It’s Tax Time—Make Sure You Understand Child Support and Taxes With These FAQs

To help you better understand child support and taxes, we’ve compiled frequently asked questions to shed some light on this complex situation.

Q: Do I have to pay child support with 50/50 custody?
A: Parents with a shared custody arrangement may still be responsible for child support payments. A calculation assuming each parent as the primary caretaker is the first step to determine if child support is necessary. Next, the difference in parental earnings will be calculated (the income from the lower-earning parent is subtracted from the higher earnings). Finally, the difference is the presumptive child support amount the higher-earning parent will pay the other.

For more information about how child support calculations are made, you can refer to

Q: What is the average child support paid per child?
A: Each case is determined according to the families involved. The parental earned income is used to determine payments awarded; therefore, no predetermined average indicates child support per child.

Q: Can child support take your whole paycheck?
A: Child support payments deducted from wages are based on a percentage. Calculations are used to ensure the payor can still meet personal living expenses. As a payor, you are not expected to lose your whole paycheck.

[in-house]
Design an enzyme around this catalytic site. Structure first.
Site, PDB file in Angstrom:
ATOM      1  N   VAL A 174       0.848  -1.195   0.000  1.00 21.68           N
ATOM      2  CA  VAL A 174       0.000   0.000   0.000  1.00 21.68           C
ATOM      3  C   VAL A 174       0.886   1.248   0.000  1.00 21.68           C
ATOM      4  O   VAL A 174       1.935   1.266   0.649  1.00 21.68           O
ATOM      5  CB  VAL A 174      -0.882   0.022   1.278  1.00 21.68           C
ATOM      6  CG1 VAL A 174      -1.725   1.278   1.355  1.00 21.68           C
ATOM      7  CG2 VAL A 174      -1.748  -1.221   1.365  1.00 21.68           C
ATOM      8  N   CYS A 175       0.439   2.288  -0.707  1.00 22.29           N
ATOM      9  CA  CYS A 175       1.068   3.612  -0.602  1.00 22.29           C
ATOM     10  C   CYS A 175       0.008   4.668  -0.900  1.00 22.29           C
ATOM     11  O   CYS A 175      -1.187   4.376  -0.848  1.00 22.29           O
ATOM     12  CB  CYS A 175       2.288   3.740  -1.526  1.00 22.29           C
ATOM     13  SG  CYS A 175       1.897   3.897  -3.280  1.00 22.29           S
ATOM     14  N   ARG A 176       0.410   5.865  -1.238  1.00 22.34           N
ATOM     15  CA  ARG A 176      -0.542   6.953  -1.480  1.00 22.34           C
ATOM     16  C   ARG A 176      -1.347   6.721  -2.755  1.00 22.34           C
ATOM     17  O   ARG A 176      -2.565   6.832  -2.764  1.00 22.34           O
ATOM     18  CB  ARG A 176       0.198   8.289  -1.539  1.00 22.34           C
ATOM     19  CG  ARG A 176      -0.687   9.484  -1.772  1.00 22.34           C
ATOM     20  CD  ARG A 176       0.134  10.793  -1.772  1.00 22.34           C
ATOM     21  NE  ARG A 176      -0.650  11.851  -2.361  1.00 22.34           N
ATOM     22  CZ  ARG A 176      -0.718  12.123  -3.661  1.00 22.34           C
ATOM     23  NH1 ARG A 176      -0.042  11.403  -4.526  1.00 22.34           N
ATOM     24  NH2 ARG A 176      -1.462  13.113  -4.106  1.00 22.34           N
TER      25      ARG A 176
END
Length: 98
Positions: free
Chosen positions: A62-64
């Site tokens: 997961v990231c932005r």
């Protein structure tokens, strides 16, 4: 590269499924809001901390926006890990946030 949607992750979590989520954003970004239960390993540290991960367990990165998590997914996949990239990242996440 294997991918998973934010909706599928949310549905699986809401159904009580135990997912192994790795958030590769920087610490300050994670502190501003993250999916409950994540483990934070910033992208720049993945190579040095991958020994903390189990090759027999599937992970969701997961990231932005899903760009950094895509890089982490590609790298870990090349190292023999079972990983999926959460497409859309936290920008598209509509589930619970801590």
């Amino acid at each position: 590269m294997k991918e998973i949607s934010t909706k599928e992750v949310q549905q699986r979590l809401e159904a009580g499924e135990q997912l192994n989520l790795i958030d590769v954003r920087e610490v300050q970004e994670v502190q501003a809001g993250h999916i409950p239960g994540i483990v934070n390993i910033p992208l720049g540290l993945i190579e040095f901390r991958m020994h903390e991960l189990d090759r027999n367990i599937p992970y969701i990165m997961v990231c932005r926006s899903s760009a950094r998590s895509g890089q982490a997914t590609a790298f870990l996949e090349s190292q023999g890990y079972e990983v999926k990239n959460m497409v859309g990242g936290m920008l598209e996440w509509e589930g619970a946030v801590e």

Q: Can your child support be reduced if you have another child?
A: Having another child is not grounds for decreasing existing child support.

Q: Is child support based on gross or net income?
A: Child support in MA is based on gross income from all sources. This is because net pay can easily be manipulated by lowering or increasing their exemptions or contributions to their retirement accounts, for example. Therefore, gross income is used when determining child support payments.

Q: Are child support payments considered taxable income?
A: According to the IRS, child support payments are not considered taxable income. When calculating your gross income to determine if you are required to file a tax return, child support payments received should not be included.

Q: If you pay child support, are you allowed to deduct anything from your taxes or claim the child as an exemption?
A: Child support payments are neither deductible by the payer nor taxable to the payee. Therefore, child support is not tax-deductible for either parent. In some cases, the paying parent may be eligible to claim the child as a dependent; however, the custodial parent is treated as the parent who provided more than half of the child’s support.

Some agreements include provisions allowing each parent to declare a child dependent when multiple children are involved. Alternatively, the parents can take turns claiming the child.

Q: Is child support considered income when calculating the Earned Income Credit?
A: No, child support is not considered earned income when calculating the Earned Income Credit.

Contact our office today if you have any questions about modifying your custody, child support, or spousal support agreement.

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